But to elaborate on my opinion for those who do intrinsically care about the environment, plastic bags do serve a purpose (SOMETIMES) and I don’t think that outlawing them altogether makes sense. I do, however think that they are overused in this country at a rate that is completely unnecessary and wasteful. What’s worse is that most of them are not recycled, but end up in the trash or as litter. Research aside, it seems like common sense to me that mass producing anything at unnecessary quantities has a negative impact on the natural world around us. I do believe mass production has negative impacts on human health in the long run as well, though this is harder to “prove” with the data we have before us at this time.

    I think a more realistic approach is to charge people a fee for plastic bags and I would be for doing that on a national scale. That way, people still have the right to choose to use them and those of us who do not want to use them every time we shop will not be paying for them as an overhead cost in the price of goods. But if charged for them, people would surely think twice about using them and use less of them as a result.

    Why then do I think that a University-wide ban makes sense? Universities function almost like mini cities and have served as great subject areas to pilot projects out. But, just because the University’s retail operations would not be giving plastic bags out does not mean that plastic bags would cease to exist at the University. People would still bring them in from the outside. I agree that banning them at the University wouldn’t make a significant direct impact on the environment. But more importantly, it would be making a statement and sending a message about overconsumption that would hopefully resonate and make others think about the issue as well. That’s what Universities are so good at; making people think about the issues.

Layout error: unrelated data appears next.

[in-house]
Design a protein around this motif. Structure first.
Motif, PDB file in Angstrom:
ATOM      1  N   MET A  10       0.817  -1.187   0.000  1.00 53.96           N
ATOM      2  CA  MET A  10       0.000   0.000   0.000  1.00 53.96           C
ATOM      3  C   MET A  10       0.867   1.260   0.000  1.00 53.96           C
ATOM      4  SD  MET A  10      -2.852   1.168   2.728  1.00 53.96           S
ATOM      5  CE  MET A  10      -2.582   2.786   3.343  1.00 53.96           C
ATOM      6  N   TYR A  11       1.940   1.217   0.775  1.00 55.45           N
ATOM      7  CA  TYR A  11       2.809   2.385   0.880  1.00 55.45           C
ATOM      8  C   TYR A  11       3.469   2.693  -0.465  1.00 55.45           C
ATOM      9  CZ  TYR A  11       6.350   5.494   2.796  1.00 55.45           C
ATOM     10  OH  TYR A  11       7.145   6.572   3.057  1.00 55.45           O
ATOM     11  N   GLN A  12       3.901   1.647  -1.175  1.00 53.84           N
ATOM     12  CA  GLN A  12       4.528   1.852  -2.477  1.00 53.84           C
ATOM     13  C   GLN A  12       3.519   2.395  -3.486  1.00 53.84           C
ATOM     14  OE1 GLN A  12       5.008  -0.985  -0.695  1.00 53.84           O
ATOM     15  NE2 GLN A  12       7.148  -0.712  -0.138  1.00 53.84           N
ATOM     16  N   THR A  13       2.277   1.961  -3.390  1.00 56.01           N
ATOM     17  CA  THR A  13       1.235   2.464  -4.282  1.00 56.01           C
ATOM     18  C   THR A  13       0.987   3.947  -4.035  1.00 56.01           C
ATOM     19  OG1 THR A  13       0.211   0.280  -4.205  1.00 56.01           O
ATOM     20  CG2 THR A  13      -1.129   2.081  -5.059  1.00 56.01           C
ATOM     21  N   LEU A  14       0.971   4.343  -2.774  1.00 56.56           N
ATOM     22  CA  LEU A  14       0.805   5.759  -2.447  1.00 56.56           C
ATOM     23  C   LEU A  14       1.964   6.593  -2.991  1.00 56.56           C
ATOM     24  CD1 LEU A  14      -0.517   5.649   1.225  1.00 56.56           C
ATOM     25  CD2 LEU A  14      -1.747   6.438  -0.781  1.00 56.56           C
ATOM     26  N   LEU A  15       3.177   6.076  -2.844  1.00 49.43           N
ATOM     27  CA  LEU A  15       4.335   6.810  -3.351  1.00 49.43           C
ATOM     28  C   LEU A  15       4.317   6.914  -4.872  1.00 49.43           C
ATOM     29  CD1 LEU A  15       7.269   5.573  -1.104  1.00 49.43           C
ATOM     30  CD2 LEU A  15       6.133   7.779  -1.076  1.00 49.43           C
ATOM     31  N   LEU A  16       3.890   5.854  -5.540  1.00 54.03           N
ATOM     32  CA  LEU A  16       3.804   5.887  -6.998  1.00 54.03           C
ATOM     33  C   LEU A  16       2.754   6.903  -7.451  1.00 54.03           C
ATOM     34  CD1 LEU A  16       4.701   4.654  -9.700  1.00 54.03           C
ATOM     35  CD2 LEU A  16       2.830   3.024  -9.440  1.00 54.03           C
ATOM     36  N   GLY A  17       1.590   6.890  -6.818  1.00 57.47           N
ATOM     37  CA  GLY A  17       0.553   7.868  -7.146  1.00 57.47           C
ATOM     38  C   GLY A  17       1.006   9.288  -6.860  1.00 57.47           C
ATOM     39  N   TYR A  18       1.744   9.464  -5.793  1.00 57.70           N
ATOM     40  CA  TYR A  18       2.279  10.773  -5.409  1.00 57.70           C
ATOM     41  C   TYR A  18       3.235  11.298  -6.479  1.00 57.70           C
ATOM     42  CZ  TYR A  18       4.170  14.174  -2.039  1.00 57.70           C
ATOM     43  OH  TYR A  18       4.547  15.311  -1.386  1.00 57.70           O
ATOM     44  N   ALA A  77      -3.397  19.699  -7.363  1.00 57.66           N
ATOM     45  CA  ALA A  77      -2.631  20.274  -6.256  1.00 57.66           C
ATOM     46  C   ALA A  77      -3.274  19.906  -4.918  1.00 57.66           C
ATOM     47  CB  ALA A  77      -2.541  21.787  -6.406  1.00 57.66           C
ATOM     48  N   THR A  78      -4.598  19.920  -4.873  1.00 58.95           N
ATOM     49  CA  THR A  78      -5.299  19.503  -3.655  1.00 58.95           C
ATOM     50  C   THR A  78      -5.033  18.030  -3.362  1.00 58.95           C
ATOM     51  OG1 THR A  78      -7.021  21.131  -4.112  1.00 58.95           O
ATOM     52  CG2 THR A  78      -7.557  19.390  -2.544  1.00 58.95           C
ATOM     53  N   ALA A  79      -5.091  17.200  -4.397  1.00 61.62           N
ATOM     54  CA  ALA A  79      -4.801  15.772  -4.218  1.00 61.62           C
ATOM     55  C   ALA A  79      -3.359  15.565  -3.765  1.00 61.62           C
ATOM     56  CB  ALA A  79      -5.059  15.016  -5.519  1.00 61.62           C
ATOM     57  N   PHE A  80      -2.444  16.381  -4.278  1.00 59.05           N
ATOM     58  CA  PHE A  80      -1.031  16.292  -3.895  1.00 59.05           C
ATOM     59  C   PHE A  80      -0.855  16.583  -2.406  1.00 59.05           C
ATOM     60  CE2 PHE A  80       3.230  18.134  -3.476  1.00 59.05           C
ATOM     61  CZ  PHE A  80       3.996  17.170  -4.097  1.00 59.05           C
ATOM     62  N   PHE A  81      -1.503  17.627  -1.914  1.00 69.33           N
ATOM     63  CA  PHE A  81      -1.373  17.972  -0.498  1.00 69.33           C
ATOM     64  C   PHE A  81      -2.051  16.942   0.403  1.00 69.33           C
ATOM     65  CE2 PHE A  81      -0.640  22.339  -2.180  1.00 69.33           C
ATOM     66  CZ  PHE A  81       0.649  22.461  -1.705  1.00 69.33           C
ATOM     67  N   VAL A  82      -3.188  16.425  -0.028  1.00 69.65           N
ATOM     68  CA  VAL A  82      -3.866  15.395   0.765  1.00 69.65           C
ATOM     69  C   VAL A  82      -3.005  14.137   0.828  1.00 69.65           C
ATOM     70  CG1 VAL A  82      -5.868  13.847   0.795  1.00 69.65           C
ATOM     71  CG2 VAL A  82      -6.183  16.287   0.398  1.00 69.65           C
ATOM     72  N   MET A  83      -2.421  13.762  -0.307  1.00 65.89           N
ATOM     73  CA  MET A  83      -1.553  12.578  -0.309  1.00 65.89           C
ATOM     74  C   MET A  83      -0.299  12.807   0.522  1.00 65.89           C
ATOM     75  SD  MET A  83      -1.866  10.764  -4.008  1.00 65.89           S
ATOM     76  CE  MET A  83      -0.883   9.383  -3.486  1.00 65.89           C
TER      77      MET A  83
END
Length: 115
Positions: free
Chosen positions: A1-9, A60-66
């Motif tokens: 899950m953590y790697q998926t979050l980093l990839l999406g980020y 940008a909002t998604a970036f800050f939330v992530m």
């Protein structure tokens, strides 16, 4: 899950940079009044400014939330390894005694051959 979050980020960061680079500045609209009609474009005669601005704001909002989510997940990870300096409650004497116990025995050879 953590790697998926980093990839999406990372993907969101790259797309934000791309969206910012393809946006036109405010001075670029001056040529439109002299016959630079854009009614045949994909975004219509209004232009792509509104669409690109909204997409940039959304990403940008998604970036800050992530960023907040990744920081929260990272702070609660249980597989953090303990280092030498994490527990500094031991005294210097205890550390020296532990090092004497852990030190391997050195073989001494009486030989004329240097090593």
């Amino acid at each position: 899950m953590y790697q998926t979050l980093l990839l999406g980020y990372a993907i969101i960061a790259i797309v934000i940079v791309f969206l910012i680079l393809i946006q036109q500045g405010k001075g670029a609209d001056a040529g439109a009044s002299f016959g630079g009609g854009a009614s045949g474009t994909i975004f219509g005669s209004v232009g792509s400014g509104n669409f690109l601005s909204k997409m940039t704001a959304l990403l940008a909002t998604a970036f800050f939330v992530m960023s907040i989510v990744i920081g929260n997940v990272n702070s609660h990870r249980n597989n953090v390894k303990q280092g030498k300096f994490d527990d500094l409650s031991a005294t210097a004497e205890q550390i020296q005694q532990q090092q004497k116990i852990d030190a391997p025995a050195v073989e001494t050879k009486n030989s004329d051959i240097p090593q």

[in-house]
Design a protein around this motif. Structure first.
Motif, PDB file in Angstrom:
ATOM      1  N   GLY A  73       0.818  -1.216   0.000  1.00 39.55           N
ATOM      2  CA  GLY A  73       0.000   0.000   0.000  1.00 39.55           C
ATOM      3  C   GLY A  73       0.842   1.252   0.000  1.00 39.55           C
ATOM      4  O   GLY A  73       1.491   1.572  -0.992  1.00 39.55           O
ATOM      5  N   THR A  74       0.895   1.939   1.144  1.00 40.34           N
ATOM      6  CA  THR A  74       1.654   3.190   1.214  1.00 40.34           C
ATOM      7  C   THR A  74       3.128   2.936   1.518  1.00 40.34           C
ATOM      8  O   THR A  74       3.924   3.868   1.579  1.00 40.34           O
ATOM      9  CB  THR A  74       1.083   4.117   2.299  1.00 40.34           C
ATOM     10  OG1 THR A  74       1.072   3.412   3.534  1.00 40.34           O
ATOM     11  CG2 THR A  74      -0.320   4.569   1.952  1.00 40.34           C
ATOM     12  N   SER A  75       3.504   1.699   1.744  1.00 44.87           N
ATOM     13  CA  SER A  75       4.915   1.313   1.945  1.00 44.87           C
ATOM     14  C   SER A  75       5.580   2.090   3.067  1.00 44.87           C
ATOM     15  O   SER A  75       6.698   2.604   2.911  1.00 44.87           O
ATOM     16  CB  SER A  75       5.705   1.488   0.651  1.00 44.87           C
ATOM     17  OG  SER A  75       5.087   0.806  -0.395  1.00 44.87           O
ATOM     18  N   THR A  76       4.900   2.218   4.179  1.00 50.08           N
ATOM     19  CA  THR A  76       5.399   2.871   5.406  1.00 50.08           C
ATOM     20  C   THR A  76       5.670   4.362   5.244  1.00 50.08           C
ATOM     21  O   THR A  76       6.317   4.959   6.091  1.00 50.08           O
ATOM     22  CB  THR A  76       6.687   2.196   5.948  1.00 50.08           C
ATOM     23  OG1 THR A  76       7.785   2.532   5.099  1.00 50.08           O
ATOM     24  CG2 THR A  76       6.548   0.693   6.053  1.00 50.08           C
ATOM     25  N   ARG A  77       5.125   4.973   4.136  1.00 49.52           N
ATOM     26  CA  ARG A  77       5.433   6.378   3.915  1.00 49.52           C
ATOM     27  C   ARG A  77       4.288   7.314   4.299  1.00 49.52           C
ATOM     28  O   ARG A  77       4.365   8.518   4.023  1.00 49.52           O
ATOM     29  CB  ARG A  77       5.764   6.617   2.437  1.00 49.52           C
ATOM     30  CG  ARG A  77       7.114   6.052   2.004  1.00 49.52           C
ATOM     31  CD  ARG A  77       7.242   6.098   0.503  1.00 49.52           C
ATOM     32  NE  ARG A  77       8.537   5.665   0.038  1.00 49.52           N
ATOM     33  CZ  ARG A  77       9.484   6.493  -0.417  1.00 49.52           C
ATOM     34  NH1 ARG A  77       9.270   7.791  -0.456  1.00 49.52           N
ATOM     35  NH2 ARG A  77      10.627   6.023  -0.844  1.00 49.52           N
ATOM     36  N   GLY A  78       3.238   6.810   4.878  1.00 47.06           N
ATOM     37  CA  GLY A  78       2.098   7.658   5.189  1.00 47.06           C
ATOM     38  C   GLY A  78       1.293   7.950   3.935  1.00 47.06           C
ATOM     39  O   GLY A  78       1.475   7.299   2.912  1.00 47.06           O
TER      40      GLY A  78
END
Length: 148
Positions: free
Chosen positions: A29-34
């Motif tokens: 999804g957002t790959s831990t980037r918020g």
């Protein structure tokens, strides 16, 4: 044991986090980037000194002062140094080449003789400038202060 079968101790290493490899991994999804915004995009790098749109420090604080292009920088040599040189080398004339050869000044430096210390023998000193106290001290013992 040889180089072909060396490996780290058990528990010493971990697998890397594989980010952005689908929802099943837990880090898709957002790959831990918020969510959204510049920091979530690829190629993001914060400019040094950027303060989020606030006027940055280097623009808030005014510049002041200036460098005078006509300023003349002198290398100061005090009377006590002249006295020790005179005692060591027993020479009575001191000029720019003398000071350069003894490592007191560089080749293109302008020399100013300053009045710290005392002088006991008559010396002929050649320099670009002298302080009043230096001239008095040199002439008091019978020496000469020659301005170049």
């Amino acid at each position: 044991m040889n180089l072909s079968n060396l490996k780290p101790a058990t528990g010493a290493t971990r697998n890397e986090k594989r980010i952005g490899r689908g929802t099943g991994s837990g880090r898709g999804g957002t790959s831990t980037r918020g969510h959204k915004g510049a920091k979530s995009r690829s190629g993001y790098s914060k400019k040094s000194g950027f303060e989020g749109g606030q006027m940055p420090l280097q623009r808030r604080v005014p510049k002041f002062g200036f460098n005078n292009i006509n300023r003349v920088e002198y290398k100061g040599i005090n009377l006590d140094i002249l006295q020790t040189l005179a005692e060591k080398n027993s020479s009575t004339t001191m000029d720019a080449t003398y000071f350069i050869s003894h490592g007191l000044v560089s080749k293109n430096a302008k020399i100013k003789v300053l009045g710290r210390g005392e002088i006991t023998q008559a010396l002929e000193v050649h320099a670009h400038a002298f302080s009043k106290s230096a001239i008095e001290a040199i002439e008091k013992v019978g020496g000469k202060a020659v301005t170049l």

7. If you really care about the environment, I think the right move is an altogether ban on plastic bags, not a U of R ban on plastic bags. If plastic bags are such a drastic problem, a campus ban on them will do nothing, you would need a nationwide ban. That’s what you might want to advocate for if you really care about the environment as opposed to just SHOWING you care about the environment.

    Anyone is more than welcome to not use plastic bags and if that is what they prefer no one will ever get in the way of that choice. There may be some conditions under which my using a plastic bag harms you, and indeed that should be restricted, but you haven’t named any of those above. All I see is your right to choose to not use plastic bags outweighs my right to choose to use plastic bags. I haven’t seen any evidence above, other than the mere existence of plastic bags, that they are harmful to the environment. I would hope that any initiative to ban plastic bags, or whatever other item people choose not to like that week, is supported by more evidence outside just the mere existence of the item. It may exist, but that’s not the argument being made above.

    And during the “ban the bottle” campaign, both at the panel that was held and in a separate meeting, I asked and begged for scientific evidence demonstrating that plastic water bottles are bad for the environment. At the panel I asked why instead of banning water bottles we don’t do research into the economic, environmental and social implications of reduced water bottle usage, I was told that “team green is made up of students and as students there is coursework, extracurriculars and a million other things going on, so that research would be too time-consuming and out of reach given everything else going on”. I suppose it’s easy to ban stuff and complain about things, a bit harder to figure out if what you’re complaining about makes sense.

    In fact, in a separate meeting about the plastic water bottle ban initiative, I again asked for evidence of the environmental harm of plastic water bottles. I was told that research was completed and compiled (a literature review) but that it would not be shared with me. I don’t think that I will ever advocate banning anything, but if I did I assure you I would not hide my motivations or scientific support behind my efforts.

    I look forward to seeing the research to support this desired ban, and an academic discussion on whether such a policy makes sense and accomplishes its stated goals (which are what again?), rather than simply activism to ban things that some people do not like.

    Michael Dymond
    University of Rochester 2013

  8. I wholeheartedly support a ban. People can buy reusable bags for 99 cents, so any kind of resistance would just be childish.